Responding to Unpreventable Crises, a(nother) Starbucks Story

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    What should you do when the need for crisis management appears out of nowhere?

    A local police officer walks into your coffee shop and an employee decides to label them as *PIG* in the system. What exactly were you supposed to do to prevent that?

    Unpreventable crises happen all the time, just ask Starbucks, which seems to attract more than its fair share of them…though when you consider that in my native Southern California there are often two or more within a single city block maybe it’s surprising there aren’t more? The incident described above did actually happen in an Oklahoma Starbucks, on Thanksgiving no less, and drew an upset social media post featuring the offensive label from the officer’s chief who lamented this type of treatment for someone who had foregone turkey and football to take over the often-brutal law enforcement holiday shifts.

    Image from since-deleted social media post about the incident

    While training and reminders are important for more complex matters like crisis management protocol, there’s not a whole lot you can do about someone deciding on the spot to do something that’s guaranteed to cause trouble. What you CAN do is be prepared for the inevitable moment when a crisis appears out of nowhere. After all, while you can’t predict the specifics of every single issue that might impact your organization, it is quite realistic to predict the various categories of problems you may face. Think broad here – things like employee misconduct, natural disasters, supply chain interruption and unexpected litigation should be on the list.

    Starbucks is no stranger to crises related to random employee misconduct (give it a quick search if you’re curious) and this experience shows in the speed and quality of the brand’s response. First came a statement from Starbucks itself:

    Statement from Starbucks spokesperson (Updated Friday, Nov. 29, 2019 at 3:45 p.m. PT)
    Nov. 28, 2019

    This is absolutely unacceptable, and we are deeply sorry to the law enforcement officer who experienced this. We have also apologized directly to him and connected with the Chief of the Kiefer Police Department as well to express our remorse.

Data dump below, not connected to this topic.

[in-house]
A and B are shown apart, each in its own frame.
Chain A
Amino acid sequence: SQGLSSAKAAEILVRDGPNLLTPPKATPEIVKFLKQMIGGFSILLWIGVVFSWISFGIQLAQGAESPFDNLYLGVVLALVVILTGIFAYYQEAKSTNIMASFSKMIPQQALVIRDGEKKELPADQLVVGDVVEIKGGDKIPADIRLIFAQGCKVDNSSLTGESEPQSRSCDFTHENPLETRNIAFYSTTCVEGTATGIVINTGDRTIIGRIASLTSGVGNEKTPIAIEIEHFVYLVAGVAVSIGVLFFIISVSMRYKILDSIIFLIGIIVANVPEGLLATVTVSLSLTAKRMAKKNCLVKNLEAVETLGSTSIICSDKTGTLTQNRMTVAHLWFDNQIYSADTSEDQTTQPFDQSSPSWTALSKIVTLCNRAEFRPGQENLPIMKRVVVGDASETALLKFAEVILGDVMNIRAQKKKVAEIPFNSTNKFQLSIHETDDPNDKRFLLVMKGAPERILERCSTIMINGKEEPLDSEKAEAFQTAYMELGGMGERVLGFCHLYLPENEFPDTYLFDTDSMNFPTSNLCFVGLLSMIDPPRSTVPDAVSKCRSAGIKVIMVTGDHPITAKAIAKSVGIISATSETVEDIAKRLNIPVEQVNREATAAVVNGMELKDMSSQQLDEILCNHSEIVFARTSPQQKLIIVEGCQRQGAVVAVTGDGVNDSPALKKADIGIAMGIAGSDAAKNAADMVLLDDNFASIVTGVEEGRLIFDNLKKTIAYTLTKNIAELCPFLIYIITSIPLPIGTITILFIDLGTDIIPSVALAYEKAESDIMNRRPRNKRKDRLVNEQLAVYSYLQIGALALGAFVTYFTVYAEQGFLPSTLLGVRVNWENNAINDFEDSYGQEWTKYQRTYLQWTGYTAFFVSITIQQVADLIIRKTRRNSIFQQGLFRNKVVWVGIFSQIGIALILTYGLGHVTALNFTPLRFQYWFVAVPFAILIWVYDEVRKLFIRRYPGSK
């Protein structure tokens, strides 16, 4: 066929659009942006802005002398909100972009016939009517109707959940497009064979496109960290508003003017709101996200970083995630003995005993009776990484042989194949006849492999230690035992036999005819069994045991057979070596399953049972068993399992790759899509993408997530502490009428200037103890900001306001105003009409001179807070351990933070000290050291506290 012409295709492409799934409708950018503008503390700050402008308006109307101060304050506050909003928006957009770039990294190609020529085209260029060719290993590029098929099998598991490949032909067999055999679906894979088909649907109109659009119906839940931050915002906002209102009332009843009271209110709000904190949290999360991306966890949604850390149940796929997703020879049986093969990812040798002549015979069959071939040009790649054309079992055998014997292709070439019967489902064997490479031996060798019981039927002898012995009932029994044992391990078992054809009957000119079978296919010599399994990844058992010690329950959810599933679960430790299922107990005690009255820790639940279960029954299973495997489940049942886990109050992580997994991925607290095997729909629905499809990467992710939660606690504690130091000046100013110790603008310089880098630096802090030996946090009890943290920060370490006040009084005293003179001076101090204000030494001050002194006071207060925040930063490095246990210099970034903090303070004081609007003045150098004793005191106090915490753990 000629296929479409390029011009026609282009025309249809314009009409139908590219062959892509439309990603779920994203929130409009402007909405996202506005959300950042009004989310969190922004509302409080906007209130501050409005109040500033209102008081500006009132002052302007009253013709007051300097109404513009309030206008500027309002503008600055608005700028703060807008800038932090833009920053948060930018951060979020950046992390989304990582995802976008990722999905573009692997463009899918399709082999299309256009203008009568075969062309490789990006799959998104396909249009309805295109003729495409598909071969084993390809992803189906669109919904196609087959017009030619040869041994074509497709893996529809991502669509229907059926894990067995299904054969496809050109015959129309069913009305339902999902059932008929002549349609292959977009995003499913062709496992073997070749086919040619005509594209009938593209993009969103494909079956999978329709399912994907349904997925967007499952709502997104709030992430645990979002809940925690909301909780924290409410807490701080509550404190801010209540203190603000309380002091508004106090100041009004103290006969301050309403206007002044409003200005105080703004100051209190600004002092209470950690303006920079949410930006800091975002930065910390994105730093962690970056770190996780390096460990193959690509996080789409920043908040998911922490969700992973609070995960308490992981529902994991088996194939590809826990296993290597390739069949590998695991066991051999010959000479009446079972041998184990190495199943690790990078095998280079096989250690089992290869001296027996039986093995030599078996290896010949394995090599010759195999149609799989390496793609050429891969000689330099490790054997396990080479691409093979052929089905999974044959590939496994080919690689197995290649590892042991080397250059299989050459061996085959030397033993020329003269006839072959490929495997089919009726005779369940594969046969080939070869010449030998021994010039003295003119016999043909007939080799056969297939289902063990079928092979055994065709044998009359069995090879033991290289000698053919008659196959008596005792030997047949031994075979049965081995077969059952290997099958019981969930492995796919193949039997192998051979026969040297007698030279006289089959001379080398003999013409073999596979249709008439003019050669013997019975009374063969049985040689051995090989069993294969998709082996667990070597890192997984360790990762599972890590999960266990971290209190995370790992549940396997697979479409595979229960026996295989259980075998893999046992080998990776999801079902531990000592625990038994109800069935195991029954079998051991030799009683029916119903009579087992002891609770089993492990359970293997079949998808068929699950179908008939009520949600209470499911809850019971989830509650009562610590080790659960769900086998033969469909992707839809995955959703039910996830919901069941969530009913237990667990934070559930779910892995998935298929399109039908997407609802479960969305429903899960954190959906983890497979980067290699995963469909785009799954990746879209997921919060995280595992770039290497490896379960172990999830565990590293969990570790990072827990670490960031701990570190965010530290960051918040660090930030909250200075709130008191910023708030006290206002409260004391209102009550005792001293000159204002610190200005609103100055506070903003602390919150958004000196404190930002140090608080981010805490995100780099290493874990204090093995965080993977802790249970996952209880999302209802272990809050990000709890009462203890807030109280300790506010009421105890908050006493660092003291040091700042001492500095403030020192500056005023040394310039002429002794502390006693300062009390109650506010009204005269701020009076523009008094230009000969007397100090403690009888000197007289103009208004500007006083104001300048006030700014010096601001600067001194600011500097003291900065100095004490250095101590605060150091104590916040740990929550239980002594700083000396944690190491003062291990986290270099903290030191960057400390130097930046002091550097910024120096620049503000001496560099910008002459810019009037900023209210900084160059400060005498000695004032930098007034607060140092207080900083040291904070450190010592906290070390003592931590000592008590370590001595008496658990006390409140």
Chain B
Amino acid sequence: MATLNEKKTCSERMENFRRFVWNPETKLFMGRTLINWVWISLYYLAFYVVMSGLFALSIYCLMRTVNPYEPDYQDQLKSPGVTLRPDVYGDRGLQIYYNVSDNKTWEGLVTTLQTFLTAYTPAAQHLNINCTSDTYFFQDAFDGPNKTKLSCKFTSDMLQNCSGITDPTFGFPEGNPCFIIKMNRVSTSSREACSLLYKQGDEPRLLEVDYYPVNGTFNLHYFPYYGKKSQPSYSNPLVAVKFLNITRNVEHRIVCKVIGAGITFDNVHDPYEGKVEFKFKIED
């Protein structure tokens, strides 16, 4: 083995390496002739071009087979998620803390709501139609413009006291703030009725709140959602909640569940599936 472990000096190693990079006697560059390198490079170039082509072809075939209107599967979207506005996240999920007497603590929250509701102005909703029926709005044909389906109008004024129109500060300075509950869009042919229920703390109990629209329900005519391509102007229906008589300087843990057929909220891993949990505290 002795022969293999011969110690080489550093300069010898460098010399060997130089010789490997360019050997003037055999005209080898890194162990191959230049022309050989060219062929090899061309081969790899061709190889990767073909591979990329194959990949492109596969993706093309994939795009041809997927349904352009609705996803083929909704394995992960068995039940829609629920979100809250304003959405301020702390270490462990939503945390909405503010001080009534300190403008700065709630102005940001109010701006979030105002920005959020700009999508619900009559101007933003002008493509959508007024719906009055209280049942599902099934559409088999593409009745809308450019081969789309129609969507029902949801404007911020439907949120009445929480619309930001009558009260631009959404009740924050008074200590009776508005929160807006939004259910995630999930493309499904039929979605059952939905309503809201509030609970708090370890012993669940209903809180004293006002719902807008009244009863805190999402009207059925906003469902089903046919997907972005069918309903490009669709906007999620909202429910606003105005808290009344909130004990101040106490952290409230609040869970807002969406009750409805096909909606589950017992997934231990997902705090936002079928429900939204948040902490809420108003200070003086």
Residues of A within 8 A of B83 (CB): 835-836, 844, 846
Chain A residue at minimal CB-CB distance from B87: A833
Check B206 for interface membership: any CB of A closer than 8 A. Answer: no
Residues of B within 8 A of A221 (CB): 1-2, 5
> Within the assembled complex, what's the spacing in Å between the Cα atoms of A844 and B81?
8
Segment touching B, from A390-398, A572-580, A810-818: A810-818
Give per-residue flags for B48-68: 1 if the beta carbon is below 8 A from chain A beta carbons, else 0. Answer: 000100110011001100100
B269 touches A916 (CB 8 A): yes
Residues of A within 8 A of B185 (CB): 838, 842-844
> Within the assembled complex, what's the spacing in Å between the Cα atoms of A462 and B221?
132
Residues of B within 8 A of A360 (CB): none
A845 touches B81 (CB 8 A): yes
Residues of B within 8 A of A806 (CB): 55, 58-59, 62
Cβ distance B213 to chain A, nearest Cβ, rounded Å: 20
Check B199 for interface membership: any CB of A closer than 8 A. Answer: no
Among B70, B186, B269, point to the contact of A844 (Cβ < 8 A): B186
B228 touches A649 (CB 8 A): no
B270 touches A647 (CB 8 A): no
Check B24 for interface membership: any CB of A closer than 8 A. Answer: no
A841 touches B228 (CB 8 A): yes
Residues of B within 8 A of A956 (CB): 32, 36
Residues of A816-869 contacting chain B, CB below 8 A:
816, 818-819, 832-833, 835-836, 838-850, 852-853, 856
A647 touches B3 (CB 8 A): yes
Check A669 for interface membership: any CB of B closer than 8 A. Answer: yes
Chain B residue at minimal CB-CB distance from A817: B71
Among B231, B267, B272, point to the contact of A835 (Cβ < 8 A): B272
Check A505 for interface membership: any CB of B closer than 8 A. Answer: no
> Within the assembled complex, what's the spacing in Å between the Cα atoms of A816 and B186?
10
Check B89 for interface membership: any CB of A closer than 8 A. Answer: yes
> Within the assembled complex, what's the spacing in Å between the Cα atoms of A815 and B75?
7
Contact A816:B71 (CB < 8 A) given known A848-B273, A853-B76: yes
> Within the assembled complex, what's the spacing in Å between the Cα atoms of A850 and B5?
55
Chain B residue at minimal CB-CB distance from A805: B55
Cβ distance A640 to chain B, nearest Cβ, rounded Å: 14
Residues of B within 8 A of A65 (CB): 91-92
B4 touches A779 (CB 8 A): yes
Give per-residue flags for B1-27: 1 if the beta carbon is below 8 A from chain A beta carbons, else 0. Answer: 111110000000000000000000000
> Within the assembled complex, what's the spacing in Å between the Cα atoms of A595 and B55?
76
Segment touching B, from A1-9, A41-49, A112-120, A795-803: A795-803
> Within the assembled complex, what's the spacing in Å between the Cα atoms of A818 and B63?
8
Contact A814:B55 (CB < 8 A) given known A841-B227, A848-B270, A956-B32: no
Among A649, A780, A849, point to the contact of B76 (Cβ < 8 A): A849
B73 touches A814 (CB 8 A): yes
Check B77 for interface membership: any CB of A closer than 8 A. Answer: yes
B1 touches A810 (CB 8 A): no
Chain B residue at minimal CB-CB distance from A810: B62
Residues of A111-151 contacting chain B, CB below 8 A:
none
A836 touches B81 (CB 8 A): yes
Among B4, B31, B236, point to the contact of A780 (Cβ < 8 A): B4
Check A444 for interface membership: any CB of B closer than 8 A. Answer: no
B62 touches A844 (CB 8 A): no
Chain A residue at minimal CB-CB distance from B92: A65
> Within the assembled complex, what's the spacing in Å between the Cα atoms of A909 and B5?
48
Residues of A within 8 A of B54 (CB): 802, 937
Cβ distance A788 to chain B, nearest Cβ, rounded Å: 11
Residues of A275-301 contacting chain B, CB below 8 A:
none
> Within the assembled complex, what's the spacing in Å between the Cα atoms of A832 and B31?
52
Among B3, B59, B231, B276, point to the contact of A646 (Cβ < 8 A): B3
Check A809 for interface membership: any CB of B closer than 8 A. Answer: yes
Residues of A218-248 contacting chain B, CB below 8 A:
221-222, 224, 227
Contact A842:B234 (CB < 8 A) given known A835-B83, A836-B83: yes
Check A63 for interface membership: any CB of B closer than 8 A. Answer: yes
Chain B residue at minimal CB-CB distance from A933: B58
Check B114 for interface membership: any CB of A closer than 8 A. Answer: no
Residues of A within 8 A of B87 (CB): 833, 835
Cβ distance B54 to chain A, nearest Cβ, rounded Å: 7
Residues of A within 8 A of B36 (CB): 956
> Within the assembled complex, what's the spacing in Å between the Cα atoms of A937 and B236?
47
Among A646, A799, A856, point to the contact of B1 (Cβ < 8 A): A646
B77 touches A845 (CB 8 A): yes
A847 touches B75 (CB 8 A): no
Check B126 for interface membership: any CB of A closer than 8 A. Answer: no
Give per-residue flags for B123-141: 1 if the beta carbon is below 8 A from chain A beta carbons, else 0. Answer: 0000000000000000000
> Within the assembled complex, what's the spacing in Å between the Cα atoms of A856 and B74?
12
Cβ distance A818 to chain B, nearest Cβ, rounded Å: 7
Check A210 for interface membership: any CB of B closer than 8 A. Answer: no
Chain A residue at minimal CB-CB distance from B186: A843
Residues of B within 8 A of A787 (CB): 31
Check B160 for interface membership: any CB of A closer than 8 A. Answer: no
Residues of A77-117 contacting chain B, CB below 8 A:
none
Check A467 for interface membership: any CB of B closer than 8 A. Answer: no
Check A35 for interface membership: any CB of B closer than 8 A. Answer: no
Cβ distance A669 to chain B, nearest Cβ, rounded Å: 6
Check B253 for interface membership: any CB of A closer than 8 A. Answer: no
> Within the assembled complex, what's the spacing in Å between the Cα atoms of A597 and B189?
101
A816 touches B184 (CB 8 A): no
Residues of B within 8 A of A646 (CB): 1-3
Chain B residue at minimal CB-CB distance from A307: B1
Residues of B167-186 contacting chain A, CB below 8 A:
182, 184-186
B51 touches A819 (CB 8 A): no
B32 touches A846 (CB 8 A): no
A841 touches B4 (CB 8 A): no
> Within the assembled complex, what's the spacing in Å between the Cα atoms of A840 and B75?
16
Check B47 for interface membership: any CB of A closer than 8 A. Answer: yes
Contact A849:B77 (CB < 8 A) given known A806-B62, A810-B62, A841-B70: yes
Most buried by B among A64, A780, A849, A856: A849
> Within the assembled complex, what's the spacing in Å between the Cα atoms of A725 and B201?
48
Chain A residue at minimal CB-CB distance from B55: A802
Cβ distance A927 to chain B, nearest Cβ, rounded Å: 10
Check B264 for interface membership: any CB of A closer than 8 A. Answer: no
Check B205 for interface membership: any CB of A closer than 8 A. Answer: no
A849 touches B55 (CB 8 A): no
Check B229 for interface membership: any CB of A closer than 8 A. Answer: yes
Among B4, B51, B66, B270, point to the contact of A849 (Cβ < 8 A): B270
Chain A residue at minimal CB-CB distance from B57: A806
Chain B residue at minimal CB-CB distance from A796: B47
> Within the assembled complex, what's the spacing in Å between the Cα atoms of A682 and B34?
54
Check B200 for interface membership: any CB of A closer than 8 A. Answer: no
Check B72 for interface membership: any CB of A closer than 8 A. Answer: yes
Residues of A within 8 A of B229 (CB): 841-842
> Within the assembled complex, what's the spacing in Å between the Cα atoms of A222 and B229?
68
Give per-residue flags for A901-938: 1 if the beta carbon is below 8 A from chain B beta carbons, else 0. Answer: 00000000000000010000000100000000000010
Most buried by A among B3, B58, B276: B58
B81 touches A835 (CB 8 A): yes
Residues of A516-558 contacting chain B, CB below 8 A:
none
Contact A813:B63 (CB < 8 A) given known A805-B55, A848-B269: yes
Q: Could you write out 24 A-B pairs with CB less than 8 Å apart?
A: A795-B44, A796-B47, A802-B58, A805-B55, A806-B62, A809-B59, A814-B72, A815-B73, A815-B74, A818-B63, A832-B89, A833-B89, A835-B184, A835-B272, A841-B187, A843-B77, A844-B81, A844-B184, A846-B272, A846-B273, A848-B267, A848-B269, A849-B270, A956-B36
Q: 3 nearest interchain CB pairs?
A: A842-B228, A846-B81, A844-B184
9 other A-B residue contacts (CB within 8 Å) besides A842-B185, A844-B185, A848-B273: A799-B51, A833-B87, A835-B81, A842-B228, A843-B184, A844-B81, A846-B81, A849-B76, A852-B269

The Starbucks partner who wrote this offensive word on a cup used poor judgement and is no longer a partner after this violation of company policy.

    This language is offensive to all law enforcement and is not representative of the deep appreciation we have for police officers who work tirelessly to keep our communities safe.

    Then, a joint statement from both Starbucks and the police department itself, likely generated with a quick phone call and coordination between the local Public Information Officer and the Starbucks crisis management team:

    Starbucks and Kiefer Police Department will work together in coming days to promote greater civility and understanding.

    Starbucks and the Kiefer Police Department issued the following statement Friday, Nov. 29, 2019:

    Starbucks and the Kiefer Police Department are committed to using this regrettable incident as an opportunity to leverage our shared platforms to promote greater civility. In the coming days, Starbucks will be meeting with the Kiefer Police Department to begin discussing ways to work together, including a jointly hosted Coffee with a Cop event at Starbucks where local law enforcement can meet with baristas and members of the community to discuss the critical role dispatchers and police offers play in keeping our communities safe. Together with law enforcement agencies, Starbucks will jointly look for educational opportunities for our partners across the United States to promote better understanding and respect.

    With a few relatively simple steps it was made clear that this employee’s actions were far outside the bounds of Starbucks practice or protocol, and that Starbucks as a brand fully supports law enforcement’s efforts in the communities they serve. The crisis continues to have smaller pieces smoldering, including the location’s manager who was also let go after the incident looking to grab media attention, but with the issues undoubtedly identified as most important to its key audiences cleared up Starbucks can now look to take the remaining conversations out of the public eye and behind closed doors.

    In a world where social media can spread news of a negative incident around the world in seconds the key to getting on top of issues before they cause lasting damage is to be ready before they happen! How can you do that? There’s one answer – be prepared to do crisis management before a potential crisis appears.. Know the types of issues that could impact your organization, have a plan to follow when they do, and make sure your C-suite level crisis management team is trained and practiced in how to both use and adapt your plans to address real-world situations that don’t always fit perfectly into one box.

    And, of course, if you’re not sure where to start…give us a call!

    [Erik Bernstein is vice president of Bernstein Crisis Management, Inc., an international crisis management consultancy.]

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    For more resources, see the Free Management Library topic: Crisis Management
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